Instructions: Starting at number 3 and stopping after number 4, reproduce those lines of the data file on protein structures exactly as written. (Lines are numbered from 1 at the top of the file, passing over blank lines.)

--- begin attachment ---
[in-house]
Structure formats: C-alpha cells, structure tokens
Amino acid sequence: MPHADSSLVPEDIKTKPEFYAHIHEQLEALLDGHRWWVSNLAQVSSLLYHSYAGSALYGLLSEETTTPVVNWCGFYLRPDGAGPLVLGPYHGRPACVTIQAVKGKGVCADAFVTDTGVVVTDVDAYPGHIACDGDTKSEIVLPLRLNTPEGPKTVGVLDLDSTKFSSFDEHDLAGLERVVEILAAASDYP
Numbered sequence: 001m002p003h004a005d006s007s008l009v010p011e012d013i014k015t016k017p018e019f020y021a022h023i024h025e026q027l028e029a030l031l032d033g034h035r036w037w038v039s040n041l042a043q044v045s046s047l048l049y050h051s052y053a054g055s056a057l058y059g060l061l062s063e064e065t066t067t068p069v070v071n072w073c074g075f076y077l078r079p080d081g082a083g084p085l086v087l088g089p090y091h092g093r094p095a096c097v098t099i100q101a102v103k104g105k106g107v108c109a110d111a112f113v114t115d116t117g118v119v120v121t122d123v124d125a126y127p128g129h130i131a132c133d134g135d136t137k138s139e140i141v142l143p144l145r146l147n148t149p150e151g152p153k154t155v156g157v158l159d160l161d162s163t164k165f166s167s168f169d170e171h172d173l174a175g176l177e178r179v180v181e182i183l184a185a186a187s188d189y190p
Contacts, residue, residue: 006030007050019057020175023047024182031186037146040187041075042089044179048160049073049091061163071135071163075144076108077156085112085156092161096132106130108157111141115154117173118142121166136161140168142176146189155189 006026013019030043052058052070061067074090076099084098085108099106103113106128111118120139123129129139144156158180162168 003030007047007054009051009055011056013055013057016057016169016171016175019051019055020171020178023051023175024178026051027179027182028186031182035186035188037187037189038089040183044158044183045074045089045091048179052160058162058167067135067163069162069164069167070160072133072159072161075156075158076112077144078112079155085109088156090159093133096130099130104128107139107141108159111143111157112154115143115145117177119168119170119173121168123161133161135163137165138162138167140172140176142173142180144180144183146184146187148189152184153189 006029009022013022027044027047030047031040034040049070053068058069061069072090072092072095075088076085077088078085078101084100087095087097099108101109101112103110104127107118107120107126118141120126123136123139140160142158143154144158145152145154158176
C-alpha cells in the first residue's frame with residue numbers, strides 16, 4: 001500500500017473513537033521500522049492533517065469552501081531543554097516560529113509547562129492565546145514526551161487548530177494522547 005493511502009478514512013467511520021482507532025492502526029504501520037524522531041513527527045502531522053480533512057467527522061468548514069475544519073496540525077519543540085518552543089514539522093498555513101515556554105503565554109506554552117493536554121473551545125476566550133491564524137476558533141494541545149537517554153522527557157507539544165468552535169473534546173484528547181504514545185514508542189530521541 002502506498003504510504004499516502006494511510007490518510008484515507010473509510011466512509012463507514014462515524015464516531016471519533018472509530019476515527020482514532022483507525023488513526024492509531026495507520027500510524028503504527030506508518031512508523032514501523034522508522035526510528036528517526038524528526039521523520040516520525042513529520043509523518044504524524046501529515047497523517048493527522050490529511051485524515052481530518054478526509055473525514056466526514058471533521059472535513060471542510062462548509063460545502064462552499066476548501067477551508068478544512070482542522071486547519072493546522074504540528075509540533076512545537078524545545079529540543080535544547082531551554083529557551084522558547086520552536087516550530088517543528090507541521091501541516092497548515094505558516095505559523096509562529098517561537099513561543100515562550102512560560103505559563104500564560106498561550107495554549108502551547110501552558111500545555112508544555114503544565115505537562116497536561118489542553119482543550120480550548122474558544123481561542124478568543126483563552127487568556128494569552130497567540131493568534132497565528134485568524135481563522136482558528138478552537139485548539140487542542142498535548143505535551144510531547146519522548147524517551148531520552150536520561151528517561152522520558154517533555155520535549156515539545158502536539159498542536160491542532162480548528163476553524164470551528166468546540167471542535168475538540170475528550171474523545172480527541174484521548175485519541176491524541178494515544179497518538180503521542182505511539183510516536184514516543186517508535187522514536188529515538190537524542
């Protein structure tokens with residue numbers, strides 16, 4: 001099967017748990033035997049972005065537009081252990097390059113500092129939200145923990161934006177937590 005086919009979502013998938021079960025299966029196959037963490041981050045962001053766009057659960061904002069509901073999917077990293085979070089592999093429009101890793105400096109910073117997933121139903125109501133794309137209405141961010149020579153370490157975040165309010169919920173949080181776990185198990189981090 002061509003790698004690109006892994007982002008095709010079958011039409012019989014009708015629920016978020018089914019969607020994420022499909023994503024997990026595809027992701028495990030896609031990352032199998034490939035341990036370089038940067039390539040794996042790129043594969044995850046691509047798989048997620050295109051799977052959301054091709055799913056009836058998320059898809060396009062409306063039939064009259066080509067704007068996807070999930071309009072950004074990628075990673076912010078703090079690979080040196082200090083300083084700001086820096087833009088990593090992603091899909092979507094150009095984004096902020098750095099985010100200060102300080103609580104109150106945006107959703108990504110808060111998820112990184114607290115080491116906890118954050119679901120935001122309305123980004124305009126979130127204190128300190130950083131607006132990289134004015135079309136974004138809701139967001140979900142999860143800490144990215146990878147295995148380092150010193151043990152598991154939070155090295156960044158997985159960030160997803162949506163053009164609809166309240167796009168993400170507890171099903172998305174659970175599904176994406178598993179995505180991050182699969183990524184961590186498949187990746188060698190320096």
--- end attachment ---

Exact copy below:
Amino acid sequence: MPHADSSLVPEDIKTKPEFYAHIHEQLEALLDGHRWWVSNLAQVSSLLYHSYAGSALYGLLSEETTTPVVNWCGFYLRPDGAGPLVLGPYHGRPACVTIQAVKGKGVCADAFVTDTGVVVTDVDAYPGHIACDGDTKSEIVLPLRLNTPEGPKTVGVLDLDSTKFSSFDEHDLAGLERVVEILAAASDYP
Numbered sequence: 001m002p003h004a005d006s007s008l009v010p011e012d013i014k015t016k017p018e019f020y021a022h023i024h025e026q027l028e029a030l031l032d033g034h035r036w037w038v039s040n041l042a043q044v045s046s047l048l049y050h051s052y053a054g055s056a057l058y059g060l061l062s063e064e065t066t067t068p069v070v071n072w073c074g075f076y077l078r079p080d081g082a083g084p085l086v087l088g089p090y091h092g093r094p095a096c097v098t099i100q101a102v103k104g105k106g107v108c109a110d111a112f113v114t115d116t117g118v119v120v121t122d123v124d125a126y127p128g129h130i131a132c133d134g135d136t137k138s139e140i141v142l143p144l145r146l147n148t149p150e151g152p153k154t155v156g157v158l159d160l161d162s163t164k165f166s167s168f169d170e171h172d173l174a175g176l177e178r179v180v181e182i183l184a185a186a187s188d189y190p